Martijn van de Hel and Paul Breithaupt have successfully represented a retailer in proceedings against the Netherlands Authority for Consumers and Markets (ACM) before the Rotterdam District Court and Trade and Industry Appeals Tribunal (CBb). The proceedings centred on the fees paid to the retailer for transactions made with credit cards to which the retailer had attached its name as a ‘co-brander’.
In 2020, the ACM imposed an order subject to a penalty on a payment card scheme operator and a credit card issuer (the card issuer). One of the purposes of this order subject to a penalty was to prohibit the card issuer from paying a fee of more than 3% of the transaction value to the ‘co-branding partner’, known as the interchange fee. That payment allegedly violated Regulation (EU) 2015/751 (the Regulation), which aims to prevent consumers from paying high transaction fees.
Interchange fees are generally paid by a card issuer for payment transactions within a so-called four party payment card scheme (cardholder, issuing bank, accepting bank and retailer) or a three party payment card scheme (cardholder, accepting bank and issuing scheme, retailer), including the co-branding partner. The Regulation pertains to these fees.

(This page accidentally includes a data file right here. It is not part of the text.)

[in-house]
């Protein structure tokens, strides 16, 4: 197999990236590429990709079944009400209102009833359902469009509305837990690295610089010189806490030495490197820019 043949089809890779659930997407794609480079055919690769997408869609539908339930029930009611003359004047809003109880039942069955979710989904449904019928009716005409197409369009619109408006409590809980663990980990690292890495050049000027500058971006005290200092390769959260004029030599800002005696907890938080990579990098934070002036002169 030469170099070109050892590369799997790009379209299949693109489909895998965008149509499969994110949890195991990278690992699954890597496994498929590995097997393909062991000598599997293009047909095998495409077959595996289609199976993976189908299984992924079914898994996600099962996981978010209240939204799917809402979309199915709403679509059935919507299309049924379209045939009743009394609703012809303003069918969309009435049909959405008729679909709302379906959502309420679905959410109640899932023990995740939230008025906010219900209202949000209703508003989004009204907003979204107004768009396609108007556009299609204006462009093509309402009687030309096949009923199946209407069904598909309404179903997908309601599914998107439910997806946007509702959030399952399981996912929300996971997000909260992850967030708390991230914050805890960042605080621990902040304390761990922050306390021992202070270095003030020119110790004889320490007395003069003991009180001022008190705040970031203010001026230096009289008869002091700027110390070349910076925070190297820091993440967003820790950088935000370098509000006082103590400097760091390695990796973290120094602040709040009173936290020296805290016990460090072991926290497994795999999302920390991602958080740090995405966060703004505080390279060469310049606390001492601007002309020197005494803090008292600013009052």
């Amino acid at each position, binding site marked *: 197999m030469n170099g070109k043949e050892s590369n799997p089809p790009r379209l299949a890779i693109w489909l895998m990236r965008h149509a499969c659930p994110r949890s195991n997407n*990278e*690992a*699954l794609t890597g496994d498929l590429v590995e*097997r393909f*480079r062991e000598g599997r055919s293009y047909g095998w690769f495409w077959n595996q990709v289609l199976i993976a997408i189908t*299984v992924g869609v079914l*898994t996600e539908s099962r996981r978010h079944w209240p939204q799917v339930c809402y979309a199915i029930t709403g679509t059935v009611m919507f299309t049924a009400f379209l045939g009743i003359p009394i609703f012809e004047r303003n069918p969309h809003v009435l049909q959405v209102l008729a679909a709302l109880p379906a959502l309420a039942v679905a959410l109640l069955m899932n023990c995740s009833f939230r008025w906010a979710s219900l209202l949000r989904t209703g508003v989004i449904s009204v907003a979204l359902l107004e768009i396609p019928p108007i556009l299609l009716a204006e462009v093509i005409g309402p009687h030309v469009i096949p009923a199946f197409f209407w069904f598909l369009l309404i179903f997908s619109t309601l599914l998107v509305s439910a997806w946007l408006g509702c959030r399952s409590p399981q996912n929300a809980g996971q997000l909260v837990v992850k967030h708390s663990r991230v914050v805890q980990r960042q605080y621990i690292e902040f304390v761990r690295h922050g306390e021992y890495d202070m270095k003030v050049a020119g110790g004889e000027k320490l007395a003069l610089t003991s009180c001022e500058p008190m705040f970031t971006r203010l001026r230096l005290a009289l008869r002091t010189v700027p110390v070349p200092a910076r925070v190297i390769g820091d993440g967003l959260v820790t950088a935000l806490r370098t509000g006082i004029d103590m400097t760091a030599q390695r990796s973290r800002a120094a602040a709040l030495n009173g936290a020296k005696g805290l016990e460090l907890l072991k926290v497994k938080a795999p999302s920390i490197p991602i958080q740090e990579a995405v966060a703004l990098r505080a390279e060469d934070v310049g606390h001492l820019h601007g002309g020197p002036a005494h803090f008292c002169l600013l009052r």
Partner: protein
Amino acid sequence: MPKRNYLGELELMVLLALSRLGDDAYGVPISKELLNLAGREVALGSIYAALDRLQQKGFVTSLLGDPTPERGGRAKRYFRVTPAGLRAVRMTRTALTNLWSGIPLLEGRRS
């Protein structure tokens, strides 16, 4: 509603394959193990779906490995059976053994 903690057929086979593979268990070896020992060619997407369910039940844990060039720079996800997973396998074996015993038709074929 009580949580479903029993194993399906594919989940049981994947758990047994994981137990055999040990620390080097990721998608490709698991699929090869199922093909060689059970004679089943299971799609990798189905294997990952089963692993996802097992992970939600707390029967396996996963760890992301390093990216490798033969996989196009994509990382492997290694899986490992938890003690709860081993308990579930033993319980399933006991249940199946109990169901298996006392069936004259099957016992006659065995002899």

According to the operator, the card issuer and the retailer, the Regulation did not apply here because this case did not involve a pure four party scheme or a three party scheme with co-branding, but rather a four party scheme with co-branding. The court agreed, and annulled the penalty order. A competing card issuer appealed that judgment. The CBb subsequently found that the card issuer no longer had an interest in bringing an action because the credit card to which the retailer had attached its name was no longer in use.
In other proceedings, the ACM also imposed an order subject to a penalty on a card issuer. That case concerned a three party scheme with a co-branding partner. Also in that case the card issuer had applied an excessively high interchange fee (> 3%), according to the ACM. The court also annulled that penalty order. The CBb then raised preliminary questions on appeal regarding the interpretation of the Regulation. The CBb wishes to know, among other things, to what fees the Regulation applies when parties jointly issue a credit card.
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